The levator scapulae arises by four slips from the transverse processes
of the upper four cervical vertebrae.
The slips unite to form an elongated muscle which extends downwards and
backwards to be inserted into the medial border of the scapula from the upper angle to the spine. The muscle is cleft lengthwise into two
parts; and the uppermost fibers of origin are the lowest at the insertion.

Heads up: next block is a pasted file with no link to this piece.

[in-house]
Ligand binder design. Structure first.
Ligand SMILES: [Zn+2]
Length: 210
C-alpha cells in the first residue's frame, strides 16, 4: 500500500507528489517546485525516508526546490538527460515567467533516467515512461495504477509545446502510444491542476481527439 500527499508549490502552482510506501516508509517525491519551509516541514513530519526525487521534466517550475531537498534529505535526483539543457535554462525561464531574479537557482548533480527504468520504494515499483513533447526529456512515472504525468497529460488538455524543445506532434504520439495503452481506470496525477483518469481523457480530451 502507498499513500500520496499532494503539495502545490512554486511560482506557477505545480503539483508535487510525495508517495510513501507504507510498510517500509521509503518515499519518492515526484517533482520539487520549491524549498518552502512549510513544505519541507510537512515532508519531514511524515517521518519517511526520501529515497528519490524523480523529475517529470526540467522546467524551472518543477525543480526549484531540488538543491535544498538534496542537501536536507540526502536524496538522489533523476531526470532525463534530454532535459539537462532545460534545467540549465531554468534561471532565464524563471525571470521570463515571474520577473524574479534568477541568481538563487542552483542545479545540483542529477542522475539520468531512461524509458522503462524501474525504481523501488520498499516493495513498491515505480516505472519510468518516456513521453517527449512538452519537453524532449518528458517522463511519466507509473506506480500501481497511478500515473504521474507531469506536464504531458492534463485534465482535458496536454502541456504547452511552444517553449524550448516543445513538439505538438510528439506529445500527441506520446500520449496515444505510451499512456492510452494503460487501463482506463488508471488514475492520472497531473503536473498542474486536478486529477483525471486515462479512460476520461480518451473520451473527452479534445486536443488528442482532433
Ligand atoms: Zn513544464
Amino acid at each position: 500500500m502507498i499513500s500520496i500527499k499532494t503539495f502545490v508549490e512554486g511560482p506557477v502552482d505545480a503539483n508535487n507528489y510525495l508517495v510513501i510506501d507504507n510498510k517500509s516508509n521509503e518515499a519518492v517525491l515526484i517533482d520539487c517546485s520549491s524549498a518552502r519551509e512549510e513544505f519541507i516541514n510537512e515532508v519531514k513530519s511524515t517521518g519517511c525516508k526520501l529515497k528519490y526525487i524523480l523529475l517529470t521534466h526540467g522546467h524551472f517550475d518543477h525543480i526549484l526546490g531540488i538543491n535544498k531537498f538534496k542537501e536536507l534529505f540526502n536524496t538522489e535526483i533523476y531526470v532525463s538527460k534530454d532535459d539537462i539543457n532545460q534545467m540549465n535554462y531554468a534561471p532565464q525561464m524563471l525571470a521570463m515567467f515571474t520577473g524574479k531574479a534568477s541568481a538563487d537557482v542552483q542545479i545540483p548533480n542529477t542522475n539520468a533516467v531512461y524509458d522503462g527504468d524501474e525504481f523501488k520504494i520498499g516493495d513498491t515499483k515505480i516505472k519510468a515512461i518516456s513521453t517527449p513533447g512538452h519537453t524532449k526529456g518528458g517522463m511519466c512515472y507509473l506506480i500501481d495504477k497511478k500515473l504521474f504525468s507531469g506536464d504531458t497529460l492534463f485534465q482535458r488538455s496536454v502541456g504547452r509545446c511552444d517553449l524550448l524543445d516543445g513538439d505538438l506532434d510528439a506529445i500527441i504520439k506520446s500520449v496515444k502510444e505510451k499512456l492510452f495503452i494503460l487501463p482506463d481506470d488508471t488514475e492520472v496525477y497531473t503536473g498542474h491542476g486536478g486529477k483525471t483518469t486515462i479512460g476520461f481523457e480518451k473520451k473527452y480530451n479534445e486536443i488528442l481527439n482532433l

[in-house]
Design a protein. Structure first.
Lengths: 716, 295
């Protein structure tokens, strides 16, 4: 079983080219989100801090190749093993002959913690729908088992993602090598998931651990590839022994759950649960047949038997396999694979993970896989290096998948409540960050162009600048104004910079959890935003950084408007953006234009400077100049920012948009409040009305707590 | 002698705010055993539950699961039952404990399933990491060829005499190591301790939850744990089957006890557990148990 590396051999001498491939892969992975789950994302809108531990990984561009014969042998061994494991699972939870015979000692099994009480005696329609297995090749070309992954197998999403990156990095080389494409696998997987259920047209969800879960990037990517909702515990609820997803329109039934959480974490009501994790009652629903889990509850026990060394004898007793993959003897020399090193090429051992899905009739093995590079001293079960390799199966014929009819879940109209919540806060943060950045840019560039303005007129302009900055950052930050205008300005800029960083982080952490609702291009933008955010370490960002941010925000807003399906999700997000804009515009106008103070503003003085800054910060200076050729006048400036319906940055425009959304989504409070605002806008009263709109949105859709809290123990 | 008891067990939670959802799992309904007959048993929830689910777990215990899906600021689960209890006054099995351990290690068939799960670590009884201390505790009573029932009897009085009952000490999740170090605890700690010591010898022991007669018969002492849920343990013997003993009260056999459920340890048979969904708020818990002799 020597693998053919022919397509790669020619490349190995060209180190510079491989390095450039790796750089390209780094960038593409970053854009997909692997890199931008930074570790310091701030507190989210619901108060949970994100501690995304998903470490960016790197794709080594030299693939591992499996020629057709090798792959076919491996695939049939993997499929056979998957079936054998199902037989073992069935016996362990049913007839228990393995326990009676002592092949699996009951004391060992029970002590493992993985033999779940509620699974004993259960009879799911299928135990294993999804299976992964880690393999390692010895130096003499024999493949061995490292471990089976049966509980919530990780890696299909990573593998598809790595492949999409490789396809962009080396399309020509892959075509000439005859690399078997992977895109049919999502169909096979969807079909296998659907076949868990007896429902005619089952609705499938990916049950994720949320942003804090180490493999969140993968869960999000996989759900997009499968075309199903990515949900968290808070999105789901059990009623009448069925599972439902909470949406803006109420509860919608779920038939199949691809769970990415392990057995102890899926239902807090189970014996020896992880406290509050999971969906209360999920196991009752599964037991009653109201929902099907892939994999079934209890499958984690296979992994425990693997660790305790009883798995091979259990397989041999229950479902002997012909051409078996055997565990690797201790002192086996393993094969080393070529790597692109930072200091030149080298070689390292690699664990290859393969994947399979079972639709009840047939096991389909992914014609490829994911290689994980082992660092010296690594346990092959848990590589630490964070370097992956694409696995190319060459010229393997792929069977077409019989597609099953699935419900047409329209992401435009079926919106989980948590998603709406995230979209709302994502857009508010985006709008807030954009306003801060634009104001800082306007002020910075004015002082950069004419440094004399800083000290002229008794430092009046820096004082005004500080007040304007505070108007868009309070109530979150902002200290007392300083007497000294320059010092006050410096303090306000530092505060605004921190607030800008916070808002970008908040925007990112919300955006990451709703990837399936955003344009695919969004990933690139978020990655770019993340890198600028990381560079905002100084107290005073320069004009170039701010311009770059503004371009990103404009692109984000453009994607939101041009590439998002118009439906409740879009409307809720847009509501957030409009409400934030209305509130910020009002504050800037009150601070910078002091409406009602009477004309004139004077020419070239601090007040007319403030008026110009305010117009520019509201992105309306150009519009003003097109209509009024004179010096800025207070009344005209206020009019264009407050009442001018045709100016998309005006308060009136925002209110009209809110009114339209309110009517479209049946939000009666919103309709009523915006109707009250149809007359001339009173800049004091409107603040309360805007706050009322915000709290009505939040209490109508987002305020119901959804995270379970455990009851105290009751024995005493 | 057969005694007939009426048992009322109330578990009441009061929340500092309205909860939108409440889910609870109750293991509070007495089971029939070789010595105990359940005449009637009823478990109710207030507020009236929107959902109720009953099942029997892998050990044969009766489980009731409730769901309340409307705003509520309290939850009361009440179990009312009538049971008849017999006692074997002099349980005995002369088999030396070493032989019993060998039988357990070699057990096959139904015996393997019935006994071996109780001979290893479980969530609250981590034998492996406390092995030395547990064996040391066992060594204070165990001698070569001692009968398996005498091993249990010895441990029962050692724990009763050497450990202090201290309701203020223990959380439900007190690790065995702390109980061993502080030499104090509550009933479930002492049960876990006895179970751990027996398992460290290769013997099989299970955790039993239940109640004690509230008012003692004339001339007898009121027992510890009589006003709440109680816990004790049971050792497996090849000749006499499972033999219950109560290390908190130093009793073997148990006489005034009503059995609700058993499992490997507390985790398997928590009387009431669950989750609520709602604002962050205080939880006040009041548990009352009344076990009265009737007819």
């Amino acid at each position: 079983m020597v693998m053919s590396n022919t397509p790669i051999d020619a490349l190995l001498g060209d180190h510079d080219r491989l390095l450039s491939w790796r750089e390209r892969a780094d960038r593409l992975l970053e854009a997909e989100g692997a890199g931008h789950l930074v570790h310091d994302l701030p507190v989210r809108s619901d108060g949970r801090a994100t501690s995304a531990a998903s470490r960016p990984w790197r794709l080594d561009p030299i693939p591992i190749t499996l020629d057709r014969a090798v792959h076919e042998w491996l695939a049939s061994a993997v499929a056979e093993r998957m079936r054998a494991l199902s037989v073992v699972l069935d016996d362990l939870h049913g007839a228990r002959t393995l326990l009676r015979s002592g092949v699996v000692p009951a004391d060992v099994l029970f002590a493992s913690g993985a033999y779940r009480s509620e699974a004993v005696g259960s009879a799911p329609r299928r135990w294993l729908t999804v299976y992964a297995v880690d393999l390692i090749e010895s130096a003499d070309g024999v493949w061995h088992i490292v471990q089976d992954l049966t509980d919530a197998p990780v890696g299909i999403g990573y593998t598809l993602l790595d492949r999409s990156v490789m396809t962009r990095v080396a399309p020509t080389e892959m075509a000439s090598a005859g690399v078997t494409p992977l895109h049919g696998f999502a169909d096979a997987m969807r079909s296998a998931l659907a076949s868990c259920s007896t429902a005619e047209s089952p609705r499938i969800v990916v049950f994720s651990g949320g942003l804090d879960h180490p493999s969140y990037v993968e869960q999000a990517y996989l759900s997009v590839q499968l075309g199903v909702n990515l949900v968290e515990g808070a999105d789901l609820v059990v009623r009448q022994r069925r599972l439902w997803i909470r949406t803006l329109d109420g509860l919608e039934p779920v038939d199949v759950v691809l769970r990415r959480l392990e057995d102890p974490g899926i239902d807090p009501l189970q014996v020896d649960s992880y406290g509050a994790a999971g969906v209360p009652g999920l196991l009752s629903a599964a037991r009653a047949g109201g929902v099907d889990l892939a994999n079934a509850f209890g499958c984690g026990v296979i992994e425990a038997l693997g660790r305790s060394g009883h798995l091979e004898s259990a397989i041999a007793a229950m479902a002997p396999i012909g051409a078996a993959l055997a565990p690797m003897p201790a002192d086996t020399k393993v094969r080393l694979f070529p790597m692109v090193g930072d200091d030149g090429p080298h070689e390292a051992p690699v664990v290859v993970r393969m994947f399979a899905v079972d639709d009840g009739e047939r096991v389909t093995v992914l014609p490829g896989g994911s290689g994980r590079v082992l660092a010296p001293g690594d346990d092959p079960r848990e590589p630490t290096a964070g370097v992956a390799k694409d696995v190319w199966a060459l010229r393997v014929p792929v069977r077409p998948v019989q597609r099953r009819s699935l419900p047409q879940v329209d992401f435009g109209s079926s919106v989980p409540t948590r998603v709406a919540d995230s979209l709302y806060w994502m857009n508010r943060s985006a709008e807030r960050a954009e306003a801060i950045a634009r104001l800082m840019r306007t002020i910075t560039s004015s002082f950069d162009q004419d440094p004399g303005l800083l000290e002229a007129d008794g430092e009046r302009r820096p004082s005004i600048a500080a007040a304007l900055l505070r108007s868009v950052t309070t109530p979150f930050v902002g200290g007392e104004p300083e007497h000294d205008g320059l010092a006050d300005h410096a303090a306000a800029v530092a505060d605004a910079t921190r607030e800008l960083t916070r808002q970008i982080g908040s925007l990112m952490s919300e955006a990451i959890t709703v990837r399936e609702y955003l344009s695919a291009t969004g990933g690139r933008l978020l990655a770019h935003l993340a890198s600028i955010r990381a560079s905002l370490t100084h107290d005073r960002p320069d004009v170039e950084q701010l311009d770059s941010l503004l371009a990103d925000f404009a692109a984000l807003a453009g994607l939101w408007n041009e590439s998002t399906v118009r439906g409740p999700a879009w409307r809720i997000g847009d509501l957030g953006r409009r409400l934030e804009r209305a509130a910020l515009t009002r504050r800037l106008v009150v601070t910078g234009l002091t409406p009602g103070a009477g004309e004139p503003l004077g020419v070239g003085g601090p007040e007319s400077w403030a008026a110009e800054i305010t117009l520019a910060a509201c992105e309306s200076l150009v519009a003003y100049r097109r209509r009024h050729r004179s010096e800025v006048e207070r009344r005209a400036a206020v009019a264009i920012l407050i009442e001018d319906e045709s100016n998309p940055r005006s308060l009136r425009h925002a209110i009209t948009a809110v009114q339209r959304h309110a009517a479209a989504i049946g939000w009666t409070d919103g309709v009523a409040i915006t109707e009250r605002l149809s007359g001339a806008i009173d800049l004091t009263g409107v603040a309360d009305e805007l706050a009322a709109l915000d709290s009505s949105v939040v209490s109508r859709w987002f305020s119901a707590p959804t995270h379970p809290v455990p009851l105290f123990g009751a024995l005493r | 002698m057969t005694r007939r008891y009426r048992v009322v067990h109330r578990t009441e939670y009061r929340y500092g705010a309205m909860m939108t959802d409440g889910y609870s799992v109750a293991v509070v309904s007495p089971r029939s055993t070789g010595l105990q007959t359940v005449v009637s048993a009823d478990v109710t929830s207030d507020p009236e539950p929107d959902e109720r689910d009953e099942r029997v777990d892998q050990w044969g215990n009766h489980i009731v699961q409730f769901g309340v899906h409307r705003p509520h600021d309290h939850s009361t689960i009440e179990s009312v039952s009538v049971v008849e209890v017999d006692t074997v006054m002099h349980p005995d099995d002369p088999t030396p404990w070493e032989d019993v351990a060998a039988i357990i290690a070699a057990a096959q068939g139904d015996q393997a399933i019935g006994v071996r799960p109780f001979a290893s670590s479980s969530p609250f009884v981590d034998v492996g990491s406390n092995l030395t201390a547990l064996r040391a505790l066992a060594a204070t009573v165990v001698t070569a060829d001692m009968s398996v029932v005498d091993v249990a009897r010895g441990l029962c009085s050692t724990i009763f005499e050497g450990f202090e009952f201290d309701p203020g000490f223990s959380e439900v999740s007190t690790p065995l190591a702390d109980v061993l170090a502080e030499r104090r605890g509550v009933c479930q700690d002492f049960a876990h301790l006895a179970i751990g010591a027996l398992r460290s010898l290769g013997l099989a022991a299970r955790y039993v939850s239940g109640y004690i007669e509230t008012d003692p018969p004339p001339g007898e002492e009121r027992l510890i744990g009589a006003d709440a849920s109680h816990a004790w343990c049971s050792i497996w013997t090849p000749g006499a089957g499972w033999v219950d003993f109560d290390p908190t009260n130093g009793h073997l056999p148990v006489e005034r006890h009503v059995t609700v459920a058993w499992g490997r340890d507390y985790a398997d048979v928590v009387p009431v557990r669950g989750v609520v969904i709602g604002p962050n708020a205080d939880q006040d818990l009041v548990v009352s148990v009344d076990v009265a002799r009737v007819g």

The nerve supply is derived from the third and fourth cervical nerves, and
also from the nerve to the rhomboids.
The muscle assists in elevation and rotation of the scapula and helps to
fix and steady it in active movements of the upper limb.
|Levator scapulae shown in red
• posterior triangle